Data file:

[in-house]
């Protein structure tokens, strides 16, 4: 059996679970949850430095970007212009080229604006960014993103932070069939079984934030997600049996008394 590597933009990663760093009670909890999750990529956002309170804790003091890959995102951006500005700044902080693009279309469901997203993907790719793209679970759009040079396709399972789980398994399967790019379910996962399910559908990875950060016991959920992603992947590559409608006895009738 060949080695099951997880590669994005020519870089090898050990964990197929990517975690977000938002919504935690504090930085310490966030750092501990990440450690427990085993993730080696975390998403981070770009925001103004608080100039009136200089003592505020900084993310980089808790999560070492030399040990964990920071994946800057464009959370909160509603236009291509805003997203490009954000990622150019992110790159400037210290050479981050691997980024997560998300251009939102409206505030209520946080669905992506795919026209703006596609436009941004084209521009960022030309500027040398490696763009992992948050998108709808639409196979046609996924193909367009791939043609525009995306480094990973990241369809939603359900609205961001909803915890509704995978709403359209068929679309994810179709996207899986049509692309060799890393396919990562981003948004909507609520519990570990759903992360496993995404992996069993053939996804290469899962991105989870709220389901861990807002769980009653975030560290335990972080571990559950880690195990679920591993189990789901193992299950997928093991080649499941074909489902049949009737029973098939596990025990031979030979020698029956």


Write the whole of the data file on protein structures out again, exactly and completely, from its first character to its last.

[in-house]
């Protein structure tokens, strides 16, 4: 059996679970949850430095970007212009080229604006960014993103932070069939079984934030997600049996008394 590597933009990663760093009670909890999750990529956002309170804790003091890959995102951006500005700044902080693009279309469901997203993907790719793209679970759009040079396709399972789980398994399967790019379910996962399910559908990875950060016991959920992603992947590559409608006895009738 060949080695099951997880590669994005020519870089090898050990964990197929990517975690977000938002919504935690504090930085310490966030750092501990990440450690427990085993993730080696975390998403981070770009925001103004608080100039009136200089003592505020900084993310980089808790999560070492030399040990964990920071994946800057464009959370909160509603236009291509805003997203490009954000990622150019992110790159400037210290050479981050691997980024997560998300251009939102409206505030209520946080669905992506795919026209703006596609436009941004084209521009960022030309500027040398490696763009992992948050998108709808639409196979046609996924193909367009791939043609525009995306480094990973990241369809939603359900609205961001909803915890509704995978709403359209068929679309994810179709996207899986049509692309060799890393396919990562981003948004909507609520519990570990759903992360496993995404992996069993053939996804290469899962991105989870709220389901861990807002769980009653975030560290335990972080571990559950880690195990679920591993189990789901193992299950997928093991080649499941074909489902049949009737029973098939596990025990031979030979020698029956």